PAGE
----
December 14, 2013

Mack Brown defenders have little to hang their hats on

And, Mack Brown himself ultimately recognized that, ESPN reports. AD Steve Patterson gave him the opportunity of coming back in 2014 and he declined. Sure, part of it was from all the hassle over the last year, I'll venture, but, part of it was really being ready to move on and recognize that he just wasn't where he had been five years ago.

As Texas Longhorns football coach Mack Brown, like long-ago interim FBI director L. Patrick Gray, has ben "twist(ing) slowly in the wind," his defenders have been coming out.

Since Alabama's Nick Saban appears to be off the table (but never say never in college football's coaching fraternity) the standard argument has been, "why not stay with the horse what brung you?"

But, now that Mack is gone, finally and officially, that will have to be updated. (And we'll get to see how concrete Saban's commitment to Bama actually is.)

Representative of that view was Mark Schlabach of ESPN, who says, if you can't get Saban, why not stay with Mack? He offers cautionary tales of ditching once top-notch coaches who started faltering, like Phil Fulmer at Tennessee and Larry Coker at Miami.

Problem is that Mack's recruiting problems have been multi-year; these concerns about him have been building since the losing season of 2010. And, nobody's ever considered him an X's and O's coach on the same level as a Saban, or possibly even as a Les Miles.

Related to both points A and B in the paragraph above is that Brown's had four straight years of eight or fewer regular-season wins. He hasn't fully bounced back

As for this year in particular? Mack got lucky against Oklahoma, even though the Sooners haven't been that great this year either. Got referee-lucky against Iowa State. And got thumped by the two top teams in the conference, Baylor and Ok State. Give him an L instead of a W in either the Red River Shootout or the Iowa State game, and his record this year is 7-5, the ’Horns are looking at a third-tier bowl, and the rumors aren't totally stopped.

Actually, it could have been worse. If Texas loses that Iowa State game, maybe the negative momentum carries over to Oklahoma. And, Brown's lucky to finish 6-6.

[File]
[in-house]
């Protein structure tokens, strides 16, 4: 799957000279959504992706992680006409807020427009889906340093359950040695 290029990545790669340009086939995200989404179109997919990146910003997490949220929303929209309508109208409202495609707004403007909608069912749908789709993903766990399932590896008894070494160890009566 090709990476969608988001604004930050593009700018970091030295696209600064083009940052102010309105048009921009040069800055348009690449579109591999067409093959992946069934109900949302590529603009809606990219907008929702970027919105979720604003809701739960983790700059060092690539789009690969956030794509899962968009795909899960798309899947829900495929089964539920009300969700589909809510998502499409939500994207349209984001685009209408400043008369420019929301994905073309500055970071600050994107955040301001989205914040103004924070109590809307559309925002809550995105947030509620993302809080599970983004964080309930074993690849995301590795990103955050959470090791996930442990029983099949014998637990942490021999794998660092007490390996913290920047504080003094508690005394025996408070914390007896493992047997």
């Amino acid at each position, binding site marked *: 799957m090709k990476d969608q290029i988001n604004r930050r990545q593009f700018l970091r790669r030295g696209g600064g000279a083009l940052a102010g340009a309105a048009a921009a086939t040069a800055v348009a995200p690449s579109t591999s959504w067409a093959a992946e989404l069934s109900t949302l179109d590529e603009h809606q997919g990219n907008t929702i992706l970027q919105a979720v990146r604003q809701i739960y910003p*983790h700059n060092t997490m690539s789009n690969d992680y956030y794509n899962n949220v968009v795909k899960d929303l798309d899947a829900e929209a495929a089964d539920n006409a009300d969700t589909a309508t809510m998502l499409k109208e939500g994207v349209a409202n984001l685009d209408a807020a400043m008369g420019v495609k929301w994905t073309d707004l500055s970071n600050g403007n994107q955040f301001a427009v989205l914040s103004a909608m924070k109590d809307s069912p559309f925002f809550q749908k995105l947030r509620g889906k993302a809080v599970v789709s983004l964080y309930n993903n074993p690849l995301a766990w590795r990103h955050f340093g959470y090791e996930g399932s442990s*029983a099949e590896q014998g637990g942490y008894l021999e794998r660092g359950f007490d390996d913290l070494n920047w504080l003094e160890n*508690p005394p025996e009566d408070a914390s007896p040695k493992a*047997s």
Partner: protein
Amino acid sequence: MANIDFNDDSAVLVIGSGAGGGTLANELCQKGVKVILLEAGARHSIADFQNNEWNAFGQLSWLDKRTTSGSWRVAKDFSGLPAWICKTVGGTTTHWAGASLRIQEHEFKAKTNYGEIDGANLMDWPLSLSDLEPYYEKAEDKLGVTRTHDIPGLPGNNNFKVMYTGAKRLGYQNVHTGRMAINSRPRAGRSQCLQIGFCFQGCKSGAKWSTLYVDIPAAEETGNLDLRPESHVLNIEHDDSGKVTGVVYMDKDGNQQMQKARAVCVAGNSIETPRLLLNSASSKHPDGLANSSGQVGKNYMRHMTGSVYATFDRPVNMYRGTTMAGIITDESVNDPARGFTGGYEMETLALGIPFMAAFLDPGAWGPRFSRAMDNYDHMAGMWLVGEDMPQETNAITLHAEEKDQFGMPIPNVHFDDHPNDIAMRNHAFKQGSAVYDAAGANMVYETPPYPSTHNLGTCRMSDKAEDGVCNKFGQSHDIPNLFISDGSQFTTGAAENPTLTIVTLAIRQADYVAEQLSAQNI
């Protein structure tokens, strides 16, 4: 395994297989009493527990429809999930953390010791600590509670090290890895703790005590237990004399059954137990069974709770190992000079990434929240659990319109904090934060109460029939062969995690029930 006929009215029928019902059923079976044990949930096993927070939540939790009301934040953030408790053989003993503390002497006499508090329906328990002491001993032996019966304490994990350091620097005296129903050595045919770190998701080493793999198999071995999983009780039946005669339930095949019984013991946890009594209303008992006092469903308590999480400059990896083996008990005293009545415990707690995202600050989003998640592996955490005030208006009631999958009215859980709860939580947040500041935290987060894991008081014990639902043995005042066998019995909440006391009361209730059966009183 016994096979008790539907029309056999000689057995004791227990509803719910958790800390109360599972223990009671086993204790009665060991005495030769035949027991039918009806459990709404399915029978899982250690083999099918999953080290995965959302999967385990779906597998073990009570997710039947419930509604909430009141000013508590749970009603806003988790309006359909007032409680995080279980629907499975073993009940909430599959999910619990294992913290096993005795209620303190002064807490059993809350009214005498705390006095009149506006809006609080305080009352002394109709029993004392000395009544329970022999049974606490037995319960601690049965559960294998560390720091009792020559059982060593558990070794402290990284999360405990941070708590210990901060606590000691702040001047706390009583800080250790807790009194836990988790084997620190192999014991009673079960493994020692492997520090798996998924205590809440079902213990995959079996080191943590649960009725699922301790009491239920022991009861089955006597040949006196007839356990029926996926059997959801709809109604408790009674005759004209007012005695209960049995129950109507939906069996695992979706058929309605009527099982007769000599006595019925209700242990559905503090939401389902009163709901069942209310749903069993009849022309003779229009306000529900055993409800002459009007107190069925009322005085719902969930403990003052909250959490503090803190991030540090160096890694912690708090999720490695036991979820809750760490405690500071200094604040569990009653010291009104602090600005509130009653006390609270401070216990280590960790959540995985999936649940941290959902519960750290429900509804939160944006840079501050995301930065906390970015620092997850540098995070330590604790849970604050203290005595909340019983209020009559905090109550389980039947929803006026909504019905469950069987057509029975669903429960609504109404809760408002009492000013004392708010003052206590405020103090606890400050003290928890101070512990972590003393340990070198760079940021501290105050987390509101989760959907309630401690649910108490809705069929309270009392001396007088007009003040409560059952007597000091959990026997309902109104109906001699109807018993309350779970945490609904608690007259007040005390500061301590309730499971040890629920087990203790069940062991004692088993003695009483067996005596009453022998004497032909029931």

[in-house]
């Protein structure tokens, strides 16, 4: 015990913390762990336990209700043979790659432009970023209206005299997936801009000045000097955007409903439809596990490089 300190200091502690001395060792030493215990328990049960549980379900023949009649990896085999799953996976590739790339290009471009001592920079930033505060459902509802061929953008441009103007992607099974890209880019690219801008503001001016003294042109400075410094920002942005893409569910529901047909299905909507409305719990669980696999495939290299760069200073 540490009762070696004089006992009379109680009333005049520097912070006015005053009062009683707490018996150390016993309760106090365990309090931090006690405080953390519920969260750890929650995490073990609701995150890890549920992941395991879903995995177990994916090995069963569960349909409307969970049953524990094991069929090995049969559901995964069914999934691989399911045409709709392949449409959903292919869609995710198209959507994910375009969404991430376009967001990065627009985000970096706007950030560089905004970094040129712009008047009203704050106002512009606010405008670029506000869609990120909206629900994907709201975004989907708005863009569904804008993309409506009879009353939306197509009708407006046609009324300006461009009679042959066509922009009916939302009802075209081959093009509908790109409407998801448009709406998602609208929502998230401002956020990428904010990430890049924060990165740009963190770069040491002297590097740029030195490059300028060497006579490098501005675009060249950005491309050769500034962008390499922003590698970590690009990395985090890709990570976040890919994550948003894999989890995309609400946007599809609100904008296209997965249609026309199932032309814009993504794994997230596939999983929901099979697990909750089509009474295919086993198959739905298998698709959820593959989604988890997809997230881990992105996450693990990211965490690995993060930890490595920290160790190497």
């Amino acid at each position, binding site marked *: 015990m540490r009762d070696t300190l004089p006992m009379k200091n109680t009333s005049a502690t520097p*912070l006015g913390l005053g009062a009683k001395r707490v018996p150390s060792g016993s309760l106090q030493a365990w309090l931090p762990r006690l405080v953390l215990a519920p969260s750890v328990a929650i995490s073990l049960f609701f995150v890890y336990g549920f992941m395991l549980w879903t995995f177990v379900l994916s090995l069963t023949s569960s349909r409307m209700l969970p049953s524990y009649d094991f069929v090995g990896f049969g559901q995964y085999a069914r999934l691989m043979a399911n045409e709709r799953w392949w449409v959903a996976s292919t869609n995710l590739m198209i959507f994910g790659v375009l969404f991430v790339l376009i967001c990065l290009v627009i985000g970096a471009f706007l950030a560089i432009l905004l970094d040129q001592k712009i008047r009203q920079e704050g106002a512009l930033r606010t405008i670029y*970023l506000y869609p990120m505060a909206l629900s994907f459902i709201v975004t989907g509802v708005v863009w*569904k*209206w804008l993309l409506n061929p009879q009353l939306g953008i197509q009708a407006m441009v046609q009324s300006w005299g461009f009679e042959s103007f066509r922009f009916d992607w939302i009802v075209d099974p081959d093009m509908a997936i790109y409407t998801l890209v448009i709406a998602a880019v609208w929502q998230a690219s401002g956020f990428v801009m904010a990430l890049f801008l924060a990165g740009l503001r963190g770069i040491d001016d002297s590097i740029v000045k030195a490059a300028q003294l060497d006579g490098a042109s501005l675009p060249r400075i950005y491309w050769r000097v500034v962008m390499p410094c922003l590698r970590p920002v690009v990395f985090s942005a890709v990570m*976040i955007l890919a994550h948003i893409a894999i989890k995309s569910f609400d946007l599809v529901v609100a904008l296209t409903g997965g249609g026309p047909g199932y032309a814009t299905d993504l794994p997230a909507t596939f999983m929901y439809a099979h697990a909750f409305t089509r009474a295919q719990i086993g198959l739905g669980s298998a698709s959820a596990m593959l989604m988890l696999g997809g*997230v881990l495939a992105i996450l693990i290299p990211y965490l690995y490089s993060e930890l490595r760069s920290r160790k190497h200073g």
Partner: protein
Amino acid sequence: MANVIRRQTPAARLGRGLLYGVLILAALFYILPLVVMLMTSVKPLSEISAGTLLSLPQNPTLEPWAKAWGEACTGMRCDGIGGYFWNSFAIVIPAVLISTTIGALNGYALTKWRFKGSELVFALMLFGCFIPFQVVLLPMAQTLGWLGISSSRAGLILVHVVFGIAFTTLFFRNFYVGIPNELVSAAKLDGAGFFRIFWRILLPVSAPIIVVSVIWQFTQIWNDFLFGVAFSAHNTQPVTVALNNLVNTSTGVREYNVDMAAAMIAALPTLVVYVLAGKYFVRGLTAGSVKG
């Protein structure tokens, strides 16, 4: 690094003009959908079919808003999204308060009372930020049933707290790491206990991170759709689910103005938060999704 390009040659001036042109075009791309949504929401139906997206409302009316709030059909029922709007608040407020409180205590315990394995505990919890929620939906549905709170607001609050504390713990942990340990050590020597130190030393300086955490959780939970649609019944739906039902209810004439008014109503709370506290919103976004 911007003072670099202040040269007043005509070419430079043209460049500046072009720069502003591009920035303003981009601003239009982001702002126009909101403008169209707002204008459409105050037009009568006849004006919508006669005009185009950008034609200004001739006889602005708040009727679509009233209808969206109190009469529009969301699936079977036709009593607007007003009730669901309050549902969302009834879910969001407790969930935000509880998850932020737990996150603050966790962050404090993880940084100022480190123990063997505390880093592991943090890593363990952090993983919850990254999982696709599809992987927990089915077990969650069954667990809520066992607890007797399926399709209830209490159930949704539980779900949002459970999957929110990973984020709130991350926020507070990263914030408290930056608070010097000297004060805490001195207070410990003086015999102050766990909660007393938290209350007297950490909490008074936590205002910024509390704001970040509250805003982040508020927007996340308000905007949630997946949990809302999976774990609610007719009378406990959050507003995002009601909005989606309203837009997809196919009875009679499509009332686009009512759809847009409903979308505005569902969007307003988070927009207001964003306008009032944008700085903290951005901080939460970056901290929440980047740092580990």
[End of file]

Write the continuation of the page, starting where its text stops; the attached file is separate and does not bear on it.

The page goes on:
Nothing about his current recruiting indicates there will be a big difference next year. The Horns will again probably be 8-4.

And, Schlabach's other arguments are plain stupid.

First, on the "watch out"? The Sooners had to sort through multiple less-than-par replacements for Barry Switzer before they got Bob Stoops. For that matter, the Horns had a long gap between Royal and Brown.

Which leads to the second point. How many national titles did Brown have before coming to Austin?

Gee, Mark, guess he never should have been hired.

Let's look more in-depth over those past four seasons of Brown's career, and why people who want a change can argue that, at least, even if the Horns aren't going to be great, they should be posting nine-win regular seasons, and without too much of a sweat.

In a 10-team Big 12 with a nine-game play-all conference schedule, that leaves three non-conference games. I would see a team like Texas as scheduling one tough game — a game that they're more likely to win than lose if they're good, but a bit more likely to lose if they're not so good; one "meh" game which has a 50-50 chance of being won even in a down year, and one semi-patsy or even full-blown patsy.

So, the Horns should go 2-1 non-conference without breaking too much of a sweat.

In conference?  Call the Sooners, resurgent Baylor and Oklahoma State all 50-50 games. That's 1.5 losses. Add in a 10 percent chance of losing against all six other teams, or 0.6 losses.

In other words, 7-2 in conference is a reasonable expectation every year.

That adds up to 9-3, not 8-4. And, after that losing 5-7 mark in 2010, Mack's not done better than 8-4 in the regular season since.

So, to Schlabach and other Mack defenders? Sure, you can roll the dice and lose with a Mack replacement. Or, you can continue to wonder if Mack is no better than 8-4, and pleasant mediocrity in Texas terms, for the foreseeable future.

That said, it appears Mack accepted the inevitable, and decided to move on.

As for his replacement? I've already thrown out Les Miles as a stealth candidate. I seriously doubt Jimbo Fisher is coming. I'm sure Art Briles isn't. I'm doubtful of Jim Harbaugh. I think Vandy's James Franklin would be in over his head. Gary Pinkel, though he's repeated his commitment to Mizzou, would be very good. I don't see Mike Gundy as a good candidate. Bob Stoops would be interesting. I don't think Jim Mora Jr. is leaving UCLA. Mike Stoops is a bit green as a head coaching candidate, but could be interesting. Gus Malzahn at Auburn also seems unlikely. Arizona's Todd Graham and Michigan State's Mark Dantonio probably round out the list of likely candidates.

That said, I don't know why nobody but yours truly is talking about Miles.


Randel said...

Well said. We'll see what befalls the great and powerful Oz known as UT in the next couple of years.

Gadfly said...

To the degree I follow college football myself, I'm a Sooners fan, so watching this, and now the official search for Mack's replacement play out, is and will be fun.